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Multiple studies have been done to disprove the idea that fracking contaminates groundwater. Oil companies apply stringent measures to ensure oil and fracking fluid never permeate a groundwater aquifer. Wells are drilled much deeper than the groundwater tables, usually 8000ft to 10000ft below ground. Groundwater levels typically range from 200-500 ft below ground. When a well is fracked it is practically impossible for any fracture to reach a groundwater table. Today’s technology allows for each fracture made during the fracking process to be mapped and modeled. Since the use of this technology no occurrences have been observed where a fracture has reached a groundwater source.
There is a porting of the well bore that passes through the groundwater table. This portion of the well is sealed by multiple layers of casing made of steel and cement. Before a well is ever fracked the casing is integrity tested to ensure there will be no leaching of pollutants into a groundwater source.
The Interstate Oil and Gas Compact Commission (IOGCC) and Environmental Protection Agency (EPA) have never found a case of underground water contamination due to fracking. Yet, if the right steps to seal cement wells are not taken it can adversely impact water quality and pressure. Thankfully, Colorado has some of the toughest and most stringent environmental rules and regulations in the country and the industry continues to invest in new technology to further improve the process and keep Colorado safe.
Question: In your opinion is it good or bad that fracking has led to less reliance on OPEC by the US?
I am defiantly not an expert of global economics or geopolitical issues, however in my option it is for the better. The oil and gas industry in the US is helping our economy and reducing our reliance on foreign oil. When we were buying oil through OPEC we were stimulating economies in other countries some in which we were at war with or who threatened our security.
One other thing I think is a plus is that oil and gas being extracted in the US has some of the most stringent regulations for health, safety and the environment. I think most people would rather use oil and gas that is extracted in a way to reduce its environmental and safety impacts.
Before America’s Fracking Boom, the U.S. was dependent on energy-rich nations like Iran, Saudi Arabia, Iraq and Russia to meet its energy needs. But throughout history instability in these regions, coupled with the Organization of the Petroleum Exporting Countries (OPEC) and their monopoly over oil supplies, caused global energy prices to skyrocket without warning. Today, the U.S. is no longer susceptible to energy scarcity and price manipulations. In comparison, Europe, who hasn’t invested significantly in fracking, continues to rely on Russia for 30% of its natural gas.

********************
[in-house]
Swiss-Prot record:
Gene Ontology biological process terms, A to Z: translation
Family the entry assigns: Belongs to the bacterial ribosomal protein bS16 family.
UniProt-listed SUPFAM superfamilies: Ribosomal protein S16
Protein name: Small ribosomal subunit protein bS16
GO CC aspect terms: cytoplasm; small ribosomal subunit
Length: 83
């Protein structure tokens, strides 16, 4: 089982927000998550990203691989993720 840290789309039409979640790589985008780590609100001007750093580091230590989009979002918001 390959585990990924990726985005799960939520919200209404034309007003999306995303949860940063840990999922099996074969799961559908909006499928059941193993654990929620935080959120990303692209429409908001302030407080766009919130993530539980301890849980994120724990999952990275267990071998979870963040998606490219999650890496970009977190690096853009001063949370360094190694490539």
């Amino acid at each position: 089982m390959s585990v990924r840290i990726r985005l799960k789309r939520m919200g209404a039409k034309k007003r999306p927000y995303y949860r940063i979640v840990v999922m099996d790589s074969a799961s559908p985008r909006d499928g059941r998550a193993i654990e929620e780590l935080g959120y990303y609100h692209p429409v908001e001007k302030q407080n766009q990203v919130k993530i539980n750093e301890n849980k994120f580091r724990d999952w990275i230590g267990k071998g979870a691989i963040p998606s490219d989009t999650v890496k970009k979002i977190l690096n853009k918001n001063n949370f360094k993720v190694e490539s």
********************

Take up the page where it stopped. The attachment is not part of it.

Question: What is the effect of fracking on our alternative energy development? Is this good or bad and why?
I think you can look at this in two ways. On one hand, the increase of oil and gas production is meeting our demand as our primary energy source and therefore not pushing us to pursue alternative energy at an accelerated rate. On the other hand what fracking is, is an enhanced oil and gas extraction method and increasing production rates exponentially. Oil and gas are nonrenewable resources, the faster we use up those resources the more imperative it will be to find alternatives.
However, one thing that most people don’t understand is that petroleum is used in the manufacturing of some of our most common sources of alternative energy today. Both solar panels and wind turbines rely on petroleum based products to function.
Without fracking, the newfound energy abundance in America and all of the benefits it provides would cease to exist. Natural gas is a clean, abundant source of energy in Colorado that provides a complement to other forms of clean, alternative energy like renewables needed for times when the sun doesn’t shine or the wind doesn’t blow. Our best option right now is natural gas. Fracking is putting Colorado on the path to responsible energy development.
Question: If you could educate the opposing side on one fracking-related thing, what would it be?
I think there has been a lot of hype around fracking fluid and its potential hazards. The hype started when big fracking companies claimed their formulas as proprietary. This was based on business strategy not trying to mislead people on what was in the fluid. Fracking fluid is 99.5% water and sand, mostly water. The water is used as the pressure agent to break open the rock and the sand is used as a proponent to enter the tiny fractures and keep them open after the pressure is reduced. The other 0.5% is used for various purposes, these chemicals increase the water viscosity and allow the sand to stay suspended, adjust the pH, and eliminate bacteria in the water. Most of the chemicals used in fracking fluid can be found in everyday household items.
Probably the positive economic impact that fracking has had. The oil and natural gas industry has helped drive Colorado’s economy for over 60 years. According to the Leeds School of Business at the University of Colorado Boulder, in 2012 alone, Colorado’s oil and natural gas industry supported:
-$29.6 billion in economic activity in Colorado.
-$1.6 billion in tax revenues for things like schools, law enforcement, first responders, parks, roads, bridges and infrastructure.
-110,000 Colorado jobs to the state.
-$81.5 million in severance tax revenue to the Department of Natural Resources to help protect wildlife and forestry and conserve water.
In the UK fracking has started to be used more commonly. In the north west of England it has been a revival of industry. There is so much money involved that the politics and misinformation are everywhere. Tough call.